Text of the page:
All that being said, I’m not an either/or kind of person. I can’t give up film, but I enjoy shooting digital. The economics and convenience of digital are hard to ignore. I’m passionate about film photography, but I think it’s wrong-headed and unnecessary to put down digital. You don’t have to spend all that much to take decent digital pictures. I’d say the economics of digital have helped my film photography since I’ve been able to expose thousands of digital frames without the frustration of spending a lot on film. That was especially useful in leaner years when I was an AmeriCorps volunteer or a student working part time.

This is art, after all, it’s not about the latest technology. The materials we use should be about how we want to express our personal vision, that’s all.

There are a lot of different factors that contribute to my continued interest in film. It’s not nostalgia or about slowing down the process. It’s just the aesthetics. I love the way it looks. I’ve long felt that digital is just another format for photography. It’s great and powerful, but it doesn’t replace film.

photo by Patrick Joust

Dundalk © Patrick Joust Photography

I just watched the documentary Time Zero: The Last Year of Polaroid Film. One of the most basic points being made by the advocates of instant photography is that its qualities can’t be replicated digitally, which is true.

It’s amazing how obviously fake digital polaroids are.

I’m sure it’s possible for someone to be so good at editing their digital photos that they can trick someone into thinking it’s the real deal, but it doesn’t seem easy and of course, there’s no replicating the physical product you get from shooting instant film. That’s not to disparage digital; they’re just different. Both have value.

This is art, after all, it’s not about the latest technology. The materials we use should be about how we want to express our personal vision; that’s all.

G.M. What photographic project is held dearest to your heart and why?

I’m not really all that project oriented though I do enjoy organizing my work into sets and collections and thinking about the different connections between my images. I guess the closest thing I have to a project is my ongoing chronicle of the people and places of Baltimore. The longer I’ve lived here, the more connected I feel to the city and the more opportunities I see.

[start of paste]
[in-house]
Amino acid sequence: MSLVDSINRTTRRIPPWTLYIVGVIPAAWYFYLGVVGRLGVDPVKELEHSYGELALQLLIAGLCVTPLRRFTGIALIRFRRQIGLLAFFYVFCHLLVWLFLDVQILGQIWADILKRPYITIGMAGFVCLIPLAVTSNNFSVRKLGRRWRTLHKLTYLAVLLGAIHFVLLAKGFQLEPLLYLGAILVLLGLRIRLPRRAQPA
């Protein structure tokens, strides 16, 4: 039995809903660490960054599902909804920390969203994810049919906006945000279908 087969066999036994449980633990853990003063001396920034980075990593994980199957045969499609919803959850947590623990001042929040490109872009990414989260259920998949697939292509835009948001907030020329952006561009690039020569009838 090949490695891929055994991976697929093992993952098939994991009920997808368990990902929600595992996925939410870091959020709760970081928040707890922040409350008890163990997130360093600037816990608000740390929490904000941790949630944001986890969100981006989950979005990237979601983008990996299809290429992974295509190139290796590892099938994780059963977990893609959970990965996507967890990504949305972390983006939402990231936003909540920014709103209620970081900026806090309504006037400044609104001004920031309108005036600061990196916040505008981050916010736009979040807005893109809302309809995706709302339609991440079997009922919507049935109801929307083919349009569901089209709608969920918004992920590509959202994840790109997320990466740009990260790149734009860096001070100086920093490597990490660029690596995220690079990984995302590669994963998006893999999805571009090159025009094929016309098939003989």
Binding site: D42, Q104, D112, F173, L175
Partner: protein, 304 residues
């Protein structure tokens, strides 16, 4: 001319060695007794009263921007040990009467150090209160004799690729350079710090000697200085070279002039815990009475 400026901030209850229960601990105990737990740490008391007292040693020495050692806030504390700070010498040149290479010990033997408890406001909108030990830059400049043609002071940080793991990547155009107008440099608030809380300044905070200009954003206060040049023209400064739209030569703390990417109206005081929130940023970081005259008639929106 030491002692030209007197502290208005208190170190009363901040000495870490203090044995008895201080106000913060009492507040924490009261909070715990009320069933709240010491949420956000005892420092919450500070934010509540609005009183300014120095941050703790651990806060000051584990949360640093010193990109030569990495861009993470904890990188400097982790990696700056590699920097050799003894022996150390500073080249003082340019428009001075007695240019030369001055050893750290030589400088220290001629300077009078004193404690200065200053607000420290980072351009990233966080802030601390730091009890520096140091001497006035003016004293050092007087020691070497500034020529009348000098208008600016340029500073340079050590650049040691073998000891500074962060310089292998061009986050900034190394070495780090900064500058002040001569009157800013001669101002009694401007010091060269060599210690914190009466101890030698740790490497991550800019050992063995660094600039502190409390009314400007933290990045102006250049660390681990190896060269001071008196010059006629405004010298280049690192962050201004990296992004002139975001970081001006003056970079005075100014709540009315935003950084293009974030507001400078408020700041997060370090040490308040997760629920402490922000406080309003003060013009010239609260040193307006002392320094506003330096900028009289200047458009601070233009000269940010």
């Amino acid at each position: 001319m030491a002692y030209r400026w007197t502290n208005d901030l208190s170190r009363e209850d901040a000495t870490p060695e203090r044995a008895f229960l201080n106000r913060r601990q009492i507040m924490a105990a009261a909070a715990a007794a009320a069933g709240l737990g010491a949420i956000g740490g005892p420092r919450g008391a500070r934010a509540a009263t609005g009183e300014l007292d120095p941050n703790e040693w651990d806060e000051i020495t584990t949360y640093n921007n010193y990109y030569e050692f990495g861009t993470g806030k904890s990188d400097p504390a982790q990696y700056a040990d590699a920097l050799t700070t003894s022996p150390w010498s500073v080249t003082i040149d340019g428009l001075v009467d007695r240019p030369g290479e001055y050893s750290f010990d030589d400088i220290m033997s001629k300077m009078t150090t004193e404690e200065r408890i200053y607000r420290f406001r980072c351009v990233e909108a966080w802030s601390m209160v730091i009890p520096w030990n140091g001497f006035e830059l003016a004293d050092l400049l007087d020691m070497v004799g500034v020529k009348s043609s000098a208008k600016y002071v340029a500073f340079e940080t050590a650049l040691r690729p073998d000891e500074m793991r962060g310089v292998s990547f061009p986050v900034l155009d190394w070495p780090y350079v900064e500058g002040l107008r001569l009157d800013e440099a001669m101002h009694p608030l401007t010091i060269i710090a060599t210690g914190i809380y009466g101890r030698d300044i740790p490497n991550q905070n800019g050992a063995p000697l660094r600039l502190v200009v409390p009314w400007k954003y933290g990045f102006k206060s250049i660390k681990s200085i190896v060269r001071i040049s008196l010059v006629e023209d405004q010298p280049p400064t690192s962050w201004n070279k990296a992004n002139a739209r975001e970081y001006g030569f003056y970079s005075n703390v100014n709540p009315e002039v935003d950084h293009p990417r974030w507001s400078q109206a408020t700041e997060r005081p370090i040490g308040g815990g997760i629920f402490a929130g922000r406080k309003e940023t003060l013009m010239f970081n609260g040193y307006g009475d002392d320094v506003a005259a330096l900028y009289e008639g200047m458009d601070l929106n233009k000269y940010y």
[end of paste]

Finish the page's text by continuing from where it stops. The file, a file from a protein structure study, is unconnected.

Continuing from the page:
photo by Patrick Joust (Baltimore Folk)

© Patrick Joust Photography

I’ve been thinking about this for a while, but since the Baltimore Uprising, I’ve been trying to figure out how to create a book on much of my Baltimore work. It’s hard to narrow things down, but probably my 6×6 portraits. Time is the challenge, but I’d love to have something together by next year. We’ll see.

Ideally maybe I can do a little bit of both. Create a sort of magical realist world of my own while also a more straightforward (though still subjective) view of Baltimore that encourages empathy and inspires.

I feel like I struggle a bit internally with the desire to document and the desire to create, through a sequence of images, my own world that’s dominated by my imagination. Of course, every photographer comes with a subjective point of view but I’ve been thinking a lot lately about the photographs that I don’t take. Photographs that would probably be good, but that don’t fit into my own ambiguous vision for what I want to do through photography.